Avoid locker room theft by locking up

Another+day+in+the+boys%E2%80%99+locker+room+during+fourth+period%2C+which+has+just+two+classes%2C+and+many+students+have+left+their+backpacks+on+the+benches%2C+some+of+them+unzipped.+The+open+lockers+and+valuables+left+outside+are+vulnerable+to+theft.+Photos+by+Sebastian+Zhang.
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Avoid locker room theft by locking up

Another day in the boys’ locker room during fourth period, which has just two classes, and many students have left their backpacks on the benches, some of them unzipped. The open lockers and valuables left outside are vulnerable to theft. Photos by Sebastian Zhang.

Another day in the boys’ locker room during fourth period, which has just two classes, and many students have left their backpacks on the benches, some of them unzipped. The open lockers and valuables left outside are vulnerable to theft. Photos by Sebastian Zhang.

Another day in the boys’ locker room during fourth period, which has just two classes, and many students have left their backpacks on the benches, some of them unzipped. The open lockers and valuables left outside are vulnerable to theft. Photos by Sebastian Zhang.

Another day in the boys’ locker room during fourth period, which has just two classes, and many students have left their backpacks on the benches, some of them unzipped. The open lockers and valuables left outside are vulnerable to theft. Photos by Sebastian Zhang.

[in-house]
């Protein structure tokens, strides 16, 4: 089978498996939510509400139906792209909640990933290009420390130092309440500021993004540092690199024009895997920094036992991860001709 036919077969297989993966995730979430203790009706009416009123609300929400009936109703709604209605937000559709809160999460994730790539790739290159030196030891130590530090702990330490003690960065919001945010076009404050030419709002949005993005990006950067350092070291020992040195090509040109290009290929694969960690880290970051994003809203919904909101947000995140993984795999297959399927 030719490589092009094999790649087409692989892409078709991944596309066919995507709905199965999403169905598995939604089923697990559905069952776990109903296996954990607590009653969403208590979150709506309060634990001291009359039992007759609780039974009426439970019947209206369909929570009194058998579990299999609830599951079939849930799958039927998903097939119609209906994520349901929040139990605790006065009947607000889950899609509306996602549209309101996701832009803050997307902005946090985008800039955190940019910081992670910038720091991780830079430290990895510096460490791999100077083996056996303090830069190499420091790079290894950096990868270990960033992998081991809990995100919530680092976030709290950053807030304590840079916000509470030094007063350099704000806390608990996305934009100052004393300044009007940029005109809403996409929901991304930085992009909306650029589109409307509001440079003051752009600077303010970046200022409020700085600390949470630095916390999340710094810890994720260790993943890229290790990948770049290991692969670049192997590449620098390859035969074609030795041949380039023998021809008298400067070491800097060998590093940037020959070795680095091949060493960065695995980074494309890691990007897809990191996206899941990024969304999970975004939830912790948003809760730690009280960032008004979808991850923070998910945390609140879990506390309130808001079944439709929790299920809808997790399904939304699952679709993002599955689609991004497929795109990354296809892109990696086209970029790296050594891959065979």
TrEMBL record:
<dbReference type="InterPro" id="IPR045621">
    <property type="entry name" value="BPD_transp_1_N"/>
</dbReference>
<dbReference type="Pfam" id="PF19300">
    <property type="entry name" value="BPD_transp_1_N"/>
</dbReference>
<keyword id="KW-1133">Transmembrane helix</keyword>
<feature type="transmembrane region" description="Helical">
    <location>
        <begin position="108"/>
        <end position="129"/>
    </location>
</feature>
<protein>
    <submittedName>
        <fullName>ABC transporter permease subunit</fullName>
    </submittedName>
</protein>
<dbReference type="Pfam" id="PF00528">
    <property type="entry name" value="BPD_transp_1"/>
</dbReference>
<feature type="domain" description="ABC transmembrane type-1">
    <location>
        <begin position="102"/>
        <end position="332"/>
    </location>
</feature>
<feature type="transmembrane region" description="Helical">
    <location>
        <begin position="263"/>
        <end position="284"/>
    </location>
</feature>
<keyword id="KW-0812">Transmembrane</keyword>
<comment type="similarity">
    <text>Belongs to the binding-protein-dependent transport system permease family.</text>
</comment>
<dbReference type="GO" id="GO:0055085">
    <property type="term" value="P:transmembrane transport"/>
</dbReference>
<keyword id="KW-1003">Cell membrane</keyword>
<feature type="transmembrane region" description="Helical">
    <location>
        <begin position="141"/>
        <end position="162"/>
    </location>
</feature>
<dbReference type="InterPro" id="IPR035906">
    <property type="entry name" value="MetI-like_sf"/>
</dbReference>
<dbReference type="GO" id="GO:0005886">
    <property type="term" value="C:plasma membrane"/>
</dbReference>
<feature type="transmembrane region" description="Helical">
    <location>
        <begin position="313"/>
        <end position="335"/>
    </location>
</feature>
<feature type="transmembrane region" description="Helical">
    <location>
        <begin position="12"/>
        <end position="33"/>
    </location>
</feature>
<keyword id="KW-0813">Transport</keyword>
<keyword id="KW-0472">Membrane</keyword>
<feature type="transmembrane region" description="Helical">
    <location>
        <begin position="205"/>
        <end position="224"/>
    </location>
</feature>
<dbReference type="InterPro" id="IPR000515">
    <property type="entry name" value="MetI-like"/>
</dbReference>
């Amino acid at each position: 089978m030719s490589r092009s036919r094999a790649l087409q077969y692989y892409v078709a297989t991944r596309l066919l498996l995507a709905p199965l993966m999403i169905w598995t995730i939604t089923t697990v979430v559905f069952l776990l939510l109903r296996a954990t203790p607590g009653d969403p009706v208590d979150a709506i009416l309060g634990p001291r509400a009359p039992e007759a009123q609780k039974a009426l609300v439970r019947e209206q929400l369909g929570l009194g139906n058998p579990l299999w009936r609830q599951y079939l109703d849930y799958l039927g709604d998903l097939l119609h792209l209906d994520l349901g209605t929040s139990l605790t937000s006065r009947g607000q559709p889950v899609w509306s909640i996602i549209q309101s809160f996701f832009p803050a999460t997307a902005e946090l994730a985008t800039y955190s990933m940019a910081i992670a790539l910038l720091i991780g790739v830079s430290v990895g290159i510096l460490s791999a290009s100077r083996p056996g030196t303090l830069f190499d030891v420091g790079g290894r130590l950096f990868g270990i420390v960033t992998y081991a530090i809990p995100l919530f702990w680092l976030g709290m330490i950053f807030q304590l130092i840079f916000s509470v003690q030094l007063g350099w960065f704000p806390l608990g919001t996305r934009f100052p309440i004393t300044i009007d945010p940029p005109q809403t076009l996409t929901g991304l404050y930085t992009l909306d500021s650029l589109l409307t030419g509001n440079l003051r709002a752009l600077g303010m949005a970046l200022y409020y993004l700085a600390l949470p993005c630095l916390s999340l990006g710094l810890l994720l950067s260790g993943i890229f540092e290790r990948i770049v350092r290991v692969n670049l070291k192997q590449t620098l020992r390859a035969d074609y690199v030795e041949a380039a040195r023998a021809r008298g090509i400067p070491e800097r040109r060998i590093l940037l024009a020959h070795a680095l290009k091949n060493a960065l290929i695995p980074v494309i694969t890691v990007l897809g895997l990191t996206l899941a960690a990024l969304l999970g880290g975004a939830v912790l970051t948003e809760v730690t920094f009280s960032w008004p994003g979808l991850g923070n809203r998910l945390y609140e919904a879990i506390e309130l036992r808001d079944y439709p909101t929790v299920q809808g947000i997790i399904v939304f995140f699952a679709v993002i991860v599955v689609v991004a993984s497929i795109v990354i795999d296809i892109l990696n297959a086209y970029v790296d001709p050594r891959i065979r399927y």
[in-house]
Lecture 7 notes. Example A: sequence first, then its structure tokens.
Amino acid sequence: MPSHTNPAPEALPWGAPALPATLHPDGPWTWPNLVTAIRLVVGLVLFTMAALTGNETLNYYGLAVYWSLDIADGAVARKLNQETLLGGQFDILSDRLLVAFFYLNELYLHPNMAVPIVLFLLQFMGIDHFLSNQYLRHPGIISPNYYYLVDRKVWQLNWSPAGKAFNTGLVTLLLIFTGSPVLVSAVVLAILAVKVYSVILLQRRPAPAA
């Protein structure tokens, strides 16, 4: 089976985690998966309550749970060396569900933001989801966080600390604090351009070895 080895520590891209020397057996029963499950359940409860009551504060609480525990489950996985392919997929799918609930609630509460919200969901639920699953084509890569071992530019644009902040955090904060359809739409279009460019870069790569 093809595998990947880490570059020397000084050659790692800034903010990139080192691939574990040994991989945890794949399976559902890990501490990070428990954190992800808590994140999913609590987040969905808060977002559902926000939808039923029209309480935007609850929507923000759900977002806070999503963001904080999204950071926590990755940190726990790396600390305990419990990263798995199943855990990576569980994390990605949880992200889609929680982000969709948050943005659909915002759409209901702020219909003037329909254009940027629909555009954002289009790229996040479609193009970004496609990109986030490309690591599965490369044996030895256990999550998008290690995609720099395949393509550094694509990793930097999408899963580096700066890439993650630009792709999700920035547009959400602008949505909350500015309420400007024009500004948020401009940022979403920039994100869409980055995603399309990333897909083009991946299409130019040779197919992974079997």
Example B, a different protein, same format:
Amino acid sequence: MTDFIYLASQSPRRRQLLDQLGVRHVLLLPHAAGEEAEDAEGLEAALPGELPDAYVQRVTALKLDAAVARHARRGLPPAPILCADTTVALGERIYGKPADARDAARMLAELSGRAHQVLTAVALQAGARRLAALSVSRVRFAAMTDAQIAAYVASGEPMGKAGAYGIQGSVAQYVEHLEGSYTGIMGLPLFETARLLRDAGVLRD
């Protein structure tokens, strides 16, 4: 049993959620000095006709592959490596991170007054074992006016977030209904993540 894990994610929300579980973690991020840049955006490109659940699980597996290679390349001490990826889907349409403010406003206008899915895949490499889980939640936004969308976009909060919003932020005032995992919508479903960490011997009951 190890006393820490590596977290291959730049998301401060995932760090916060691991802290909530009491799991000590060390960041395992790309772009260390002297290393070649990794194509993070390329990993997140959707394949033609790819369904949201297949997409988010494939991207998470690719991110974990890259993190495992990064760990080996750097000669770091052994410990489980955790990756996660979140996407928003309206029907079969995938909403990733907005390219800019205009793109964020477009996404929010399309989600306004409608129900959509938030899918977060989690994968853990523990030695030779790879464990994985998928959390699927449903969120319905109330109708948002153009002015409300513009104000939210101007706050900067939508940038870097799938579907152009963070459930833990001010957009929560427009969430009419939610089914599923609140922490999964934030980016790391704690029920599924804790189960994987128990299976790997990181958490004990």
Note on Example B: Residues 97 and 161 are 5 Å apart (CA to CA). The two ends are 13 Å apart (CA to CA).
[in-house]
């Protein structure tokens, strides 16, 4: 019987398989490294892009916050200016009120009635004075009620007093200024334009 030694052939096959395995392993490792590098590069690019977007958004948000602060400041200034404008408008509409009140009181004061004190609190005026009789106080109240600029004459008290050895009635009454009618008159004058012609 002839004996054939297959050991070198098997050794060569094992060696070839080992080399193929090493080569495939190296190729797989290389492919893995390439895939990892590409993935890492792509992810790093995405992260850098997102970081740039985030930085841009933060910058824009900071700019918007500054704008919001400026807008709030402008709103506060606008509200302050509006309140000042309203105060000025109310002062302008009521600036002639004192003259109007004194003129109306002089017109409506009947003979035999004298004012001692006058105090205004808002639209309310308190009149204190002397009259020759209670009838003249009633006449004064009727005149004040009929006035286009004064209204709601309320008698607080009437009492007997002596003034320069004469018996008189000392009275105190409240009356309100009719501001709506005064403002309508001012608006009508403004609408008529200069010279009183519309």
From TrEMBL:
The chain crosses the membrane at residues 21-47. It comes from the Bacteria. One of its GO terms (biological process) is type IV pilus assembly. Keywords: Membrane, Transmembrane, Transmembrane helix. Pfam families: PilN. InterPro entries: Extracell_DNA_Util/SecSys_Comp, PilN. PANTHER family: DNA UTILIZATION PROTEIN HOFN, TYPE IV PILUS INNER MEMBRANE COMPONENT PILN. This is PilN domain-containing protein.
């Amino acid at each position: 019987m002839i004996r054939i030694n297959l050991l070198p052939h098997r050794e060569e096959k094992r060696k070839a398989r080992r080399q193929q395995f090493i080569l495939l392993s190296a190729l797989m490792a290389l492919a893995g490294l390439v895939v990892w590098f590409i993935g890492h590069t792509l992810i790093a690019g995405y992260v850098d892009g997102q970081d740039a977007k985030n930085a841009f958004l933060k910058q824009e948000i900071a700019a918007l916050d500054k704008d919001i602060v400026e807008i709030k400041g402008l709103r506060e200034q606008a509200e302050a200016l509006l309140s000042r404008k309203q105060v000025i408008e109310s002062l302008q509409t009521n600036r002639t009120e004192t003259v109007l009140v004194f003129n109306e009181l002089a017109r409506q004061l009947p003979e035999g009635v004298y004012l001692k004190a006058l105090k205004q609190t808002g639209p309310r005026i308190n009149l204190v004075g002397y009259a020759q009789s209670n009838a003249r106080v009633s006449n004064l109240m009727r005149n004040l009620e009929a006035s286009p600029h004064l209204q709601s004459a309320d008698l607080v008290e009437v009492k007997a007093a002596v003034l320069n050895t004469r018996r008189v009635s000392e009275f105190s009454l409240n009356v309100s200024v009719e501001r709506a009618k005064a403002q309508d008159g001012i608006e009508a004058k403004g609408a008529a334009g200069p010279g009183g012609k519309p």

Sebastian Zhang

Co-written by Om Khandekar

At the start of each school year, students in physical education are given their own lockers to keep their belongings safe when they’re in class. Over the years, the physical education teachers have noticed an unsettlingly high frequency of personal items stolen from the locker rooms. The reason? According to P.E. teacher Jeff Thomas, many students leave their belongings out on the benches beside their lockers, or sometimes forget to put the locks back on their lockers, making it easy for others to steal.

Another day in the boys’ locker room during fourth period, which has just two classes, and many students have left their backpacks on the benches, some of them unzipped. The open lockers and valuables left outside are vulnerable to theft. Photos by Sebastian Zhang.

Another day in the boys’ locker room during fourth period, which has just two classes, and many students have left their backpacks on the benches, some of them unzipped. The open lockers and valuables left outside are vulnerable to theft. Photos by Sebastian Zhang.

“The main problem is, kids don’t lock up their stuff and then their stuff gets stolen, or misplaced,” Thomas said. “It could be everyday or every other day, or once a week. There’s no timetable for it.”

Only a small number of individuals comprise the population of thieves. Thomas explained that it is only a couple of students out of the twenty-three thousand that steal. That number, though small, is enough for students to lose belongings every week.

Thieves can be anyone.